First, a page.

That's the idea on the overdrive units for manual trans cars. You take off in first, just like normal, but in either first or maybe second (depending on other gear ratios and how well your car hooks off of the line), you shift electronically (clutchless, which is faster than a regular shift) then continue through the gears as usual, although each gear is overdriven from what it was. You basically gain a clutchless shift in the quarter mile, so where many street cars would barely get out of third and have to waste the time to shift to fourth, you now can go through the traps in 3rd/over and don't have to lose time with regular shifting. But on the automatics, the idea is more to put a gear between each gear, doubling the number of foward gears you have to keep the engine in the powerband (or the most efficient zone if mileage is a concern) the entire time. It works by itself or manually, and basically lets you have a modern overdrive transmission that can handle large amounts of power without failure. (a modern 4L60 4 speed overdrive transmission can usually handle up to 450 hp before failure, if its well built. A 2 speed Powerglide can handle 1500 or more if well built. These units handle 1200 in normal trim, but can be modified to handle 2000 or more.)
Hunter79764, Mar 25 2007


       Good idea, but the 'small switch' for shifitng has already been invented. In two flavors, too. There's the 'Tiptronic' system (see link) and paddle shifters (see other link).
croissantz, Mar 25 2007

       No, what I meant was a small switch to change between the high and low.
acurafan07, Mar 25 2007

       The need for more speeds in a transmission is linked to the way in which the power is produced by the prime mover. If large lumps of torque happen at low speeds and the power output remains constant in proportion to the speed of rotation then we don't need any gears. (Steam engines, Electric motors)   

       The petrol engine develops very little of anything at low speed, and needs gears to get the weight of the vehicle moving. The modern petrol engine will have a rev range of say 2000 to 6000 rpm which is usable, and can manage adequately with 5 speeds, the lowest allowing you to pull a caravan up a 1 in 4 hill and the highest being overgeared to cut down on fuel consumption and engine wear.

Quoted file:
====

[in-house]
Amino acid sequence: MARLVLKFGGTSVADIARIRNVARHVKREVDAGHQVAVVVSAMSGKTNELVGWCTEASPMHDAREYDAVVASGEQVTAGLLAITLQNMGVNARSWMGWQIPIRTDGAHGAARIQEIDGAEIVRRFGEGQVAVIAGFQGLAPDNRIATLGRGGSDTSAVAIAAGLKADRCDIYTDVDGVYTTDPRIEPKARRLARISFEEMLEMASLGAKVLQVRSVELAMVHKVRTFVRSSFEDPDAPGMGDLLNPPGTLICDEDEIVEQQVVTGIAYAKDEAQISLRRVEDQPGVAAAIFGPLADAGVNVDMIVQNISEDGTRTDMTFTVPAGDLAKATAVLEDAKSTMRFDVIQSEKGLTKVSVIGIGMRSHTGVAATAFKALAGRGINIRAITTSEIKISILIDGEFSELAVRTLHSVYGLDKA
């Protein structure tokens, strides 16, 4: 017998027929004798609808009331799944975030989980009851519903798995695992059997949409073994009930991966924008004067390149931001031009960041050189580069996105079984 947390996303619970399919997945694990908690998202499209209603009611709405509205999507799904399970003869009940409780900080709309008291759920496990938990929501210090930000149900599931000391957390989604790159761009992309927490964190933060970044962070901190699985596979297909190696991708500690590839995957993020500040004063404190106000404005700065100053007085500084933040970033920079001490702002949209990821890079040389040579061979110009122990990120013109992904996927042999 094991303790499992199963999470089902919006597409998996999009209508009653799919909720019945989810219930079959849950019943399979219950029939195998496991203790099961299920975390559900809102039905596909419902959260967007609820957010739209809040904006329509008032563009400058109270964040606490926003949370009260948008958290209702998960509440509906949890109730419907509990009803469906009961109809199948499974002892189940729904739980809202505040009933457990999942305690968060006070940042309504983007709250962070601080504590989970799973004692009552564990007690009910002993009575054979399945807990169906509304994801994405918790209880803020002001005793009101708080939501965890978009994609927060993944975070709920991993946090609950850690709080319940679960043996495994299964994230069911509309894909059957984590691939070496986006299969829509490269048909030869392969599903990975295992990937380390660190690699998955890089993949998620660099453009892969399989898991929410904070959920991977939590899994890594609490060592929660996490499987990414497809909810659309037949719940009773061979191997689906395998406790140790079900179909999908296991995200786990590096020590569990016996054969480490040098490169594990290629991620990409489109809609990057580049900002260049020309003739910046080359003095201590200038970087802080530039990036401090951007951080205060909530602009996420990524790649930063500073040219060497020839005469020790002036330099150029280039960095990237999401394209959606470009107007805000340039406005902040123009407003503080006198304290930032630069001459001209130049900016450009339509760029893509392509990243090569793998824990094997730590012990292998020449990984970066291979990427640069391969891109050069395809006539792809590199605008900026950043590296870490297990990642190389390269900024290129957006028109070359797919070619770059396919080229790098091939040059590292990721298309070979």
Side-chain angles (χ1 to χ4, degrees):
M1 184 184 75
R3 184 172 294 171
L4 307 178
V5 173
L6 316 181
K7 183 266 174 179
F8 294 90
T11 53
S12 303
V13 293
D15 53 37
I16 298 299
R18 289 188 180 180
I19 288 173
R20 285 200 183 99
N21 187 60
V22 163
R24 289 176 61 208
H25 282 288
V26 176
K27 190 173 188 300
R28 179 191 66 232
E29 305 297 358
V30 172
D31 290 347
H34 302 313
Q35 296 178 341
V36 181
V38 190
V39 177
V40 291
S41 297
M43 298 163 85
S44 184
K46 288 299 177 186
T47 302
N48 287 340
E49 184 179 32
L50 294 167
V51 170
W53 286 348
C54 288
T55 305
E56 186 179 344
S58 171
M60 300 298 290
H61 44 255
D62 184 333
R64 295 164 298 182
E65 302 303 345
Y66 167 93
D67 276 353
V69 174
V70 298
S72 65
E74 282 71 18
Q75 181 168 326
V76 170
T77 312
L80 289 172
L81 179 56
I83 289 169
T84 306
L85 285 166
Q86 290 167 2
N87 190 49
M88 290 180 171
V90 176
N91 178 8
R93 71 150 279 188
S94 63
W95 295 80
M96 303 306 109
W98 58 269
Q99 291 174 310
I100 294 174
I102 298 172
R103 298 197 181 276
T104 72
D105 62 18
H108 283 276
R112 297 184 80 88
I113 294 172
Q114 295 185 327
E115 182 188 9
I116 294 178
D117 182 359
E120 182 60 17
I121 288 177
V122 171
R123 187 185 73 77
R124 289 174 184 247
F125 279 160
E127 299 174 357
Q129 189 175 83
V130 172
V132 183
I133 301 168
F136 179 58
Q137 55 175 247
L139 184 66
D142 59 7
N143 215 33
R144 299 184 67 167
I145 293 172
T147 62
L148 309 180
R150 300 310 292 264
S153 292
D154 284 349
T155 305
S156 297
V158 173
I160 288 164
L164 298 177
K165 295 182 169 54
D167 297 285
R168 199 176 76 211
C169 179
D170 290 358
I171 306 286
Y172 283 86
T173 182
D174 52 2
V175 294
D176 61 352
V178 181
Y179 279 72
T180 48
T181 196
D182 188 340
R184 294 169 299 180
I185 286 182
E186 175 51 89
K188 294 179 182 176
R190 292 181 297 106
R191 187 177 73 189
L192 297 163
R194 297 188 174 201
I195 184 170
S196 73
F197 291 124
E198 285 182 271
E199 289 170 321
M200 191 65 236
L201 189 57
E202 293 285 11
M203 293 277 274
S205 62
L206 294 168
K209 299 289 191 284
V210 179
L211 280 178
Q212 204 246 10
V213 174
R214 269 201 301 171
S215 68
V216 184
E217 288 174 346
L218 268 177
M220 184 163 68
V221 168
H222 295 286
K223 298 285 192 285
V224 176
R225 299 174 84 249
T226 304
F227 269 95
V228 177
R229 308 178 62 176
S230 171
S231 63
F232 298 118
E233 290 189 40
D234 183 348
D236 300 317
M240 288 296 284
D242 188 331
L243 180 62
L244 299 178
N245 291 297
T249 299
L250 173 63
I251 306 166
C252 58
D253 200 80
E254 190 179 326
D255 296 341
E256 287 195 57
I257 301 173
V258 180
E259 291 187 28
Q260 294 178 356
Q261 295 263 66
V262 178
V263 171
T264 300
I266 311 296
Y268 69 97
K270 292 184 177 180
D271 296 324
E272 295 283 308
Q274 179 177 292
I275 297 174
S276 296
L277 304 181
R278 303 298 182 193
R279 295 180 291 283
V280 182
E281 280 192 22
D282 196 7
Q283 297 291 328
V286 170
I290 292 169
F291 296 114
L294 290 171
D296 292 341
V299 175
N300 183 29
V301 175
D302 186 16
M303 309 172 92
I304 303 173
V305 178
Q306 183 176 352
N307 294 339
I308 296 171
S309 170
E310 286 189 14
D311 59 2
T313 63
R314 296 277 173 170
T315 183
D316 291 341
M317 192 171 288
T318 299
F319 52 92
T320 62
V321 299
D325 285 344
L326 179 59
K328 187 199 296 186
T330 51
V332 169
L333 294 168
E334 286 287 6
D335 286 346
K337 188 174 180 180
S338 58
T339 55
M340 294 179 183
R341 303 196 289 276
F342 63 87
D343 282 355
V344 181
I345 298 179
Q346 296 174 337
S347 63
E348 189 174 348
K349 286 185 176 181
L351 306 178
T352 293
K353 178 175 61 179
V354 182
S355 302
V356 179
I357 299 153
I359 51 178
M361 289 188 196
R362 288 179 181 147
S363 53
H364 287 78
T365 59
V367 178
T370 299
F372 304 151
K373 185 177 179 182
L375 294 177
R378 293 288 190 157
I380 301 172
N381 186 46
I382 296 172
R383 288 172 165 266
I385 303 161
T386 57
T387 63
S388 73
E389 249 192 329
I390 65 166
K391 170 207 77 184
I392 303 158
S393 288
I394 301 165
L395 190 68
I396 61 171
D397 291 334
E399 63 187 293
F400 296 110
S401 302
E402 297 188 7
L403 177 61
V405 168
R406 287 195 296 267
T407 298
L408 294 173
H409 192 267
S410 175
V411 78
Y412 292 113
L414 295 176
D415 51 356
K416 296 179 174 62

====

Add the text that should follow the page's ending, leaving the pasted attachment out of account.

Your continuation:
Six speed manual boxes are needed for turbo diesels which have a more restricted rev range with a maximum of about 4500 rpm and therefore an overdrive sixth makes use of the better torque available at low speeds, while the high top means that you don't suffer from running out of revs and overspeeding the engine.   

       Seven or more speeds are always associated with some form of auto shift and would be bordering on unusable for a manual box.   

       The boys with the trucks have very short rev ranges say 1000 to 2500 rpm, and to get 40 tons rolling must use the whole of that range, hence the complex splitter boxes giving multiple ratios.   

       In my 40 years and 1 million miles on the road I have had from 3 speeds to 6 speeds and boxes with and without overdrive.   

       In my view, and supported by 125,000 miles of driving in the last six years and two cars, a diesel Golf Avant and a diesel A4 Avant, you can't beat a six speed manual.
john of England, Mar 25 2007

       I agree that a five or six speed manual is best for most cars. The main idea here is for a cheap and easy retrofit like the one Mitsubishi did with their Colt, allowing for a better range of acceleration, economy, and top speed out of a small engine.
discontinuuity, Mar 25 2007

       This idea is fully baked and old news in the RV and heavy duty pickups market. Google "aftermarket overdrive" and you'll be met with myriad options, whyfors and whynots. I added a link to Gear Vendors, but there's plenty of others.   

       I had a notion to post an idea that eliminated the gearbox entirely and made up the ICE's lack of low end torque with a large electric traction motor. There would only be a clutch and a straight-thru shaft coming from the ICE, completely eliminating all those nasty losses coming from the tranny. Above a certain speed, the motor drops out of the equation and the ICE does all the high speed work where its operational regime and the performance requirements coincide. It's a hybrid, yeah, and yet also less...
elhigh, Mar 27 2007

       As has been mentioned earlier, this is widely known to exist. It wouldn't get you ultra-quick acceleration: Firstly, you would have too much torque for your tyres to handle at low speed, and then what acceleration you did get would be lost to gearshifting. In the meantime, the losses which are unavoidable in gear systems have roughly doubled, so you're robbing more power and putting more heat into your oil. Finally, the second gearbox is going to have to be strong and heavy compared to the first, because it has to deal with much more torque.
david_scothern, Mar 27 2007

       In the early days of motor vehicles one of the major problems was gear changing. Many people just could not handle a non synchronised gear change and an in or out clutch and there were lots of wacky and not so wacky inventions to avoid or get round gears. A particular problem was found with buses, where a lot of the old drivers had been used to either horse pulled vehicles or electric trams and needed a simple solution.